The Third Annual Judicial Summit on Mental Health was held virtually on November 9 and 10, 2020. Over 1500 judges and stakeholders attended from Texas and beyond. On behalf of the JCMH, I would like to thank everyone who attended and supported this record-breaking event. The Summit presentations and resources are now available on the JCMH Summit website.
As 2020 comes to a close and we look toward 2021, I want to share some key ideas to help you continue your work and implement new strategies and practices inspired by the Summit.
Top 10 Takeaways from the 2020 Judicial Summit on Mental Health
1. Mental Health Courts and diversion practices come in a variety of forms and are needed across Texas for adults and juveniles. If your community would like to create a new docket or court, there are resources, blueprints, and mentors available.
2. Communication Between the Disciplines is Essential. Breaking down the silos between organizations and professions creates a more efficient and successful system.
3. Expansion of Juvenile Mental Health Care Access. Increased access to mental health care for children and youth creates an opportunity to intercept youth before they encounter the justice system. The Texas Child Mental Health Care Consortium has a hotline for pediatricians to call for consultation on their juvenile mental health clients and has partnered with public school districts to deliver treatment to children via telemedicine.
4. Individuals with IDD are over-represented in the criminal justice system and have distinct challenges, which require separate time, attention, and resources.
5. IDD Resources Require Further Development. The relationships between Local Intellectual and Developmental Disability Authorities (LIDDAs) and courts are just beginning and are separate from courts’ relationships with Local Mental Health Authorities (LMHAs); the relationships between LIDDAs and Courts must be proactively cultivated.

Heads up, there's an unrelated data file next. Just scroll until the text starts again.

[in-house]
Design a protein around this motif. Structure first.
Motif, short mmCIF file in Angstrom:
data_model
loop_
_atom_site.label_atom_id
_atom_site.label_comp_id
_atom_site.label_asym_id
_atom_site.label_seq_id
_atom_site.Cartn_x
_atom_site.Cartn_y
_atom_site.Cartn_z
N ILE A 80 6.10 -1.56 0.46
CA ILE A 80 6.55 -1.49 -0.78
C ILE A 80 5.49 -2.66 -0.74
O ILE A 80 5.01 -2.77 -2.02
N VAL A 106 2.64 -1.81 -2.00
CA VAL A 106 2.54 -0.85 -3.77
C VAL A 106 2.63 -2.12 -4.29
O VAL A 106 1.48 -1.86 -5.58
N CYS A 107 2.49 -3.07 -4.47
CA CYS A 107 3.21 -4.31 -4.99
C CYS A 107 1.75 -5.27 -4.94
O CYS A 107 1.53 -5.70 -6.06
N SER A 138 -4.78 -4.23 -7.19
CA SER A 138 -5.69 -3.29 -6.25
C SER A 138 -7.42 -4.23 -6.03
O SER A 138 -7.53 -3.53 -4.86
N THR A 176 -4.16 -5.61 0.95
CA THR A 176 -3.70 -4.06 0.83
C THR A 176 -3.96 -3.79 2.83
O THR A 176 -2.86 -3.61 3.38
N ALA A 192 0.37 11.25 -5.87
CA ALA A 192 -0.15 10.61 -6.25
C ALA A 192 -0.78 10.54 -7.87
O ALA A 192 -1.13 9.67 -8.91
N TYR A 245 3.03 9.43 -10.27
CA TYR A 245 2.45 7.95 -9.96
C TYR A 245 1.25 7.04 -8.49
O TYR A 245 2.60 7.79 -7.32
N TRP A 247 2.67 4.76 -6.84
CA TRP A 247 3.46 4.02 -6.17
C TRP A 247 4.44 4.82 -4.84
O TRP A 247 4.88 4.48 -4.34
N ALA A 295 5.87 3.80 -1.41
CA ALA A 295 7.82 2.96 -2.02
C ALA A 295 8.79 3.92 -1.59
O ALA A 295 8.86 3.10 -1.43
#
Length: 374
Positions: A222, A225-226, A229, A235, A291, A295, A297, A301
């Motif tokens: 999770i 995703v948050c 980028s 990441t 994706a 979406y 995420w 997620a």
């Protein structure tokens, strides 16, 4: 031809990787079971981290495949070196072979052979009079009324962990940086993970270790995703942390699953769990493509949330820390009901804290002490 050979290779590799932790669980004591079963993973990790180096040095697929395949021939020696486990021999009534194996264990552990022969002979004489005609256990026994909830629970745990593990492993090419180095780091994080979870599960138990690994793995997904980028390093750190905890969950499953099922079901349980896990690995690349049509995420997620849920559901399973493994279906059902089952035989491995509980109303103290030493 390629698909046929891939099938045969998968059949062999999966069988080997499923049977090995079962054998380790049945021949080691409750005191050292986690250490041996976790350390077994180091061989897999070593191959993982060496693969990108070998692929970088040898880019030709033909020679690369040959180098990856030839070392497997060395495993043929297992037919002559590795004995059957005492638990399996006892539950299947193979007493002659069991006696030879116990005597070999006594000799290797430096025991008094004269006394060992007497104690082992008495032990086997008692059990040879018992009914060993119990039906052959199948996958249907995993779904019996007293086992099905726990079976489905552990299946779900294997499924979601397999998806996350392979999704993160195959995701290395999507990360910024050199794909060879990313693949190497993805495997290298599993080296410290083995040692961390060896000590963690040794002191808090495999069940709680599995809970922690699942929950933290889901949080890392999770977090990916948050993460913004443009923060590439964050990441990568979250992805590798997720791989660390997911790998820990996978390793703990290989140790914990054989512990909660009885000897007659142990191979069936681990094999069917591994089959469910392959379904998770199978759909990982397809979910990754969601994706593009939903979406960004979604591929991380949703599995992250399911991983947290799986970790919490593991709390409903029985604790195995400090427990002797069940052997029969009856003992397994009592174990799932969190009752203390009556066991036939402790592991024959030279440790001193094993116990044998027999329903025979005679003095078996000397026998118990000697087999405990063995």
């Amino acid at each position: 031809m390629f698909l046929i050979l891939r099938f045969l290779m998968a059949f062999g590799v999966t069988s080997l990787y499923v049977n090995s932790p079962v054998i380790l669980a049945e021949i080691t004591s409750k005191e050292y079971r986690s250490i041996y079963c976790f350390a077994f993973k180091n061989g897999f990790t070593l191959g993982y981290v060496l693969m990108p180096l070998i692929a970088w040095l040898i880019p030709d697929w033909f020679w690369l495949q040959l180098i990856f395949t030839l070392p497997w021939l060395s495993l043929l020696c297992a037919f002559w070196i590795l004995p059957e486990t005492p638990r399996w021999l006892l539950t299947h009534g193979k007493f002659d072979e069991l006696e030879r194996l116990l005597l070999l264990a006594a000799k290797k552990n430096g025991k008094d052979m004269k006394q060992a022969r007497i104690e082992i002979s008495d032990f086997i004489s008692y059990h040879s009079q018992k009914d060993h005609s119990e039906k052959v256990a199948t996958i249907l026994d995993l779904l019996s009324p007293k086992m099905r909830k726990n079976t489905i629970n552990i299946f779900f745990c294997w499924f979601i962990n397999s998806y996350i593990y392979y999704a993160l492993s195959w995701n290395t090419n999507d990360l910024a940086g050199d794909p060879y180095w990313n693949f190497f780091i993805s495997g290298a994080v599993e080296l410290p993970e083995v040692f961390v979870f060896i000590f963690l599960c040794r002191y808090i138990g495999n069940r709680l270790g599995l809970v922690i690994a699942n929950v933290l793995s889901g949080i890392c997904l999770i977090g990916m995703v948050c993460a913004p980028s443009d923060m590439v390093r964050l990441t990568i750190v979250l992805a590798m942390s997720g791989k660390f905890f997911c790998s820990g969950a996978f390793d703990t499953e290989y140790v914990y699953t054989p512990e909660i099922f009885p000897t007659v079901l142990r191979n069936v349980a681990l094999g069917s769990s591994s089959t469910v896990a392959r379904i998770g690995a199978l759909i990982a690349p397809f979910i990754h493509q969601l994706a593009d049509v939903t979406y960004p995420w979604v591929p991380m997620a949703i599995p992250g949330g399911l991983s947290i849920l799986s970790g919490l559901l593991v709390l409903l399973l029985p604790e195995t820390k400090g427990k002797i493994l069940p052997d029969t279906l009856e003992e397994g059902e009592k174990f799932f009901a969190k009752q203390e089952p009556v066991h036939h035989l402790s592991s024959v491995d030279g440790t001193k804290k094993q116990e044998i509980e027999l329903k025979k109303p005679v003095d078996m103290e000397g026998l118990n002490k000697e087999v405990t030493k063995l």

6. Competency Restoration is Not Mental Health Treatment. When possible, and especially for low-level offenses, consider alternatives such as diversion or dismissal with connections to services, as competency restoration in misdemeanor cases backlogs the system and further extends the waitlist length.
7. Recognize Implicit Bias. Understanding and acknowledging individual implicit biases helps professionals proactively create a culture of fairness and equity.
8. Lived Experience Perspectives are Invaluable in developing procedures that will increase positive outcomes and create a culture of de-escalation throughout the Sequential Intercept Model.
9. Data is Our Friend. The collection and analysis of data helps us identify target populations, quantify existing resources, measure the efficacy of service delivery, and monitor progress. All counties are statutorily required to provide the Office of Court Administration with data regarding CCP § 16.22. The best time to start collecting data was yesterday; the next best time to start collecting data is now.
10. Commit, Communicate, Collaborate. Take action. Nearly every speaker focused on the idea that change begins with a single individual, and that change doesn’t have to be perfect to be effective.
Texas Juvenile Mental Health and Intellectual and Developmental Disabilities Law Bench Book
In conjunction with the Summit, the JCMH released the first edition of its Juvenile Bench Book. This edition follows the Sequential Intercept Model and covers Intercepts 0 through 3, Community Services through Courts. A limited number of print copies are now available. To request a copy of the Juvenile Bench Book, send an email to JCMH@txcourts.gov. The Juvenile Bench Book is also available in digital form on the JCMH website: http://jbenchbook.texasjcmh.gov/. Thank you to the many contributing authors and editors from across the state of Texas for creating this valuable resource!
Finally, 2020 was an unusual year that presented many new challenges. The JCMH is thankful for all the support and leadership that made our work possible. I wish you all a Happy New Year!